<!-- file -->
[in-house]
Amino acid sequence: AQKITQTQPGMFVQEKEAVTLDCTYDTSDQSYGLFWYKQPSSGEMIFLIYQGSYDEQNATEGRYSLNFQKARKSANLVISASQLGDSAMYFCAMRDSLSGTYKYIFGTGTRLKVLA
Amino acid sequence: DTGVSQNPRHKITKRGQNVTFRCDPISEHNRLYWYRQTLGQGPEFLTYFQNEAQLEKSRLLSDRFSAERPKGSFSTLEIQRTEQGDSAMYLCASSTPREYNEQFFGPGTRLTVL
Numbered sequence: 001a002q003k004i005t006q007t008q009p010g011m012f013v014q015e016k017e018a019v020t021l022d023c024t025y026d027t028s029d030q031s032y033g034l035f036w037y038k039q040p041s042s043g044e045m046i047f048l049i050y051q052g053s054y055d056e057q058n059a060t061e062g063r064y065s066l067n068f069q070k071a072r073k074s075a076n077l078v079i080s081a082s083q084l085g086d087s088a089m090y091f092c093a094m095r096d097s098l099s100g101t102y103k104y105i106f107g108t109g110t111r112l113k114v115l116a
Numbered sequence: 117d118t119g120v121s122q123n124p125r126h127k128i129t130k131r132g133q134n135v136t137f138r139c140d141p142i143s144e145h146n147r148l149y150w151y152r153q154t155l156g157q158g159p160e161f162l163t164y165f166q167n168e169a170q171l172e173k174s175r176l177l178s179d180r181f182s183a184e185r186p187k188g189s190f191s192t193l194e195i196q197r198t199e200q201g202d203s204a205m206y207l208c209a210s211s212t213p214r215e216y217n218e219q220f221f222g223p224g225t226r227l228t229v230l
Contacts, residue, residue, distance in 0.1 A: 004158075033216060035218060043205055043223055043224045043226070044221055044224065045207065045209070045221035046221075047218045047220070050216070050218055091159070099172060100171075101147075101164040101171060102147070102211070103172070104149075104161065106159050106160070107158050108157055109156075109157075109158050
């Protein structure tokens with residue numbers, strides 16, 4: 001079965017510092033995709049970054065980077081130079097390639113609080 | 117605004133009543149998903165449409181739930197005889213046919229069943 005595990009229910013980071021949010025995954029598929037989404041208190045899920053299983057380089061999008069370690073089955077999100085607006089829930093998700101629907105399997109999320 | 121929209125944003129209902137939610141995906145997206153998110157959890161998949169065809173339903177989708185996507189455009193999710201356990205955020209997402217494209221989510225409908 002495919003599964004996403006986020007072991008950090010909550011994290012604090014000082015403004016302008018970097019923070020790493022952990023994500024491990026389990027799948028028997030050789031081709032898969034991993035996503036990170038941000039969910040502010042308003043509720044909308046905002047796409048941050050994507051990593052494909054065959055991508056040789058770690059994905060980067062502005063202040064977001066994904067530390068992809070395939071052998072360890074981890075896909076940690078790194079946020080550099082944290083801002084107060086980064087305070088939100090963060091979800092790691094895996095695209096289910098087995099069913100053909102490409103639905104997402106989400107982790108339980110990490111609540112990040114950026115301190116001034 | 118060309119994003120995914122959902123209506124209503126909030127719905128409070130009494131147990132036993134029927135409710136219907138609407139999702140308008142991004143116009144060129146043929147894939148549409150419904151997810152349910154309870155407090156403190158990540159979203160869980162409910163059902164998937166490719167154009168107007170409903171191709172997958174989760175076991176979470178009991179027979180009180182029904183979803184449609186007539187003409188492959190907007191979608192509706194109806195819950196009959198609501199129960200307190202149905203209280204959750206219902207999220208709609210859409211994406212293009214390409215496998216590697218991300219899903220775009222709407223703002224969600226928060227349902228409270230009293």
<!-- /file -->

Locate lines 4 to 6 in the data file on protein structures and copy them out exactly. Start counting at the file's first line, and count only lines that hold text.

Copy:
Numbered sequence: 001a002q003k004i005t006q007t008q009p010g011m012f013v014q015e016k017e018a019v020t021l022d023c024t025y026d027t028s029d030q031s032y033g034l035f036w037y038k039q040p041s042s043g044e045m046i047f048l049i050y051q052g053s054y055d056e057q058n059a060t061e062g063r064y065s066l067n068f069q070k071a072r073k074s075a076n077l078v079i080s081a082s083q084l085g086d087s088a089m090y091f092c093a094m095r096d097s098l099s100g101t102y103k104y105i106f107g108t109g110t111r112l113k114v115l116a
Numbered sequence: 117d118t119g120v121s122q123n124p125r126h127k128i129t130k131r132g133q134n135v136t137f138r139c140d141p142i143s144e145h146n147r148l149y150w151y152r153q154t155l156g157q158g159p160e161f162l163t164y165f166q167n168e169a170q171l172e173k174s175r176l177l178s179d180r181f182s183a184e185r186p187k188g189s190f191s192t193l194e195i196q197r198t199e200q201g202d203s204a205m206y207l208c209a210s211s212t213p214r215e216y217n218e219q220f221f222g223p224g225t226r227l228t229v230l
Contacts, residue, residue, distance in 0.1 A: 004158075033216060035218060043205055043223055043224045043226070044221055044224065045207065045209070045221035046221075047218045047220070050216070050218055091159070099172060100171075101147075101164040101171060102147070102211070103172070104149075104161065106159050106160070107158050108157055109156075109157075109158050